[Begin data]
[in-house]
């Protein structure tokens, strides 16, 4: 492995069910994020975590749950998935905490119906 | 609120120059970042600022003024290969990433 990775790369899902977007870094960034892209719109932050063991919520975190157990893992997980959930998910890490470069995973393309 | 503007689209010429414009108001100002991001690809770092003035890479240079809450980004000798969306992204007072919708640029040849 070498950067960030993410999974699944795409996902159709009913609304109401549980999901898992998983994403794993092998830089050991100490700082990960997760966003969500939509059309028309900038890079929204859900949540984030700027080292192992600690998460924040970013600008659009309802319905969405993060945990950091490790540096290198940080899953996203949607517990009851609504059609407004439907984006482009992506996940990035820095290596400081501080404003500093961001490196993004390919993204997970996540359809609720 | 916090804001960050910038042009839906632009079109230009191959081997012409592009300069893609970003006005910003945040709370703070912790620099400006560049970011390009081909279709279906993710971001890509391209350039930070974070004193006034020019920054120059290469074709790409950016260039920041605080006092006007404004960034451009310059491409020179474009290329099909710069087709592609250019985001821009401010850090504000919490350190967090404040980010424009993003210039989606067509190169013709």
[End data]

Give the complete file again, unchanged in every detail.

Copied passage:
[in-house]
């Protein structure tokens, strides 16, 4: 492995069910994020975590749950998935905490119906 | 609120120059970042600022003024290969990433 990775790369899902977007870094960034892209719109932050063991919520975190157990893992997980959930998910890490470069995973393309 | 503007689209010429414009108001100002991001690809770092003035890479240079809450980004000798969306992204007072919708640029040849 070498950067960030993410999974699944795409996902159709009913609304109401549980999901898992998983994403794993092998830089050991100490700082990960997760966003969500939509059309028309900038890079929204859900949540984030700027080292192992600690998460924040970013600008659009309802319905969405993060945990950091490790540096290198940080899953996203949607517990009851609504059609407004439907984006482009992506996940990035820095290596400081501080404003500093961001490196993004390919993204997970996540359809609720 | 916090804001960050910038042009839906632009079109230009191959081997012409592009300069893609970003006005910003945040709370703070912790620099400006560049970011390009081909279709279906993710971001890509391209350039930070974070004193006034020019920054120059290469074709790409950016260039920041605080006092006007404004960034451009310059491409020179474009290329099909710069087709592609250019985001821009401010850090504000919490350190967090404040980010424009993003210039989606067509190169013709």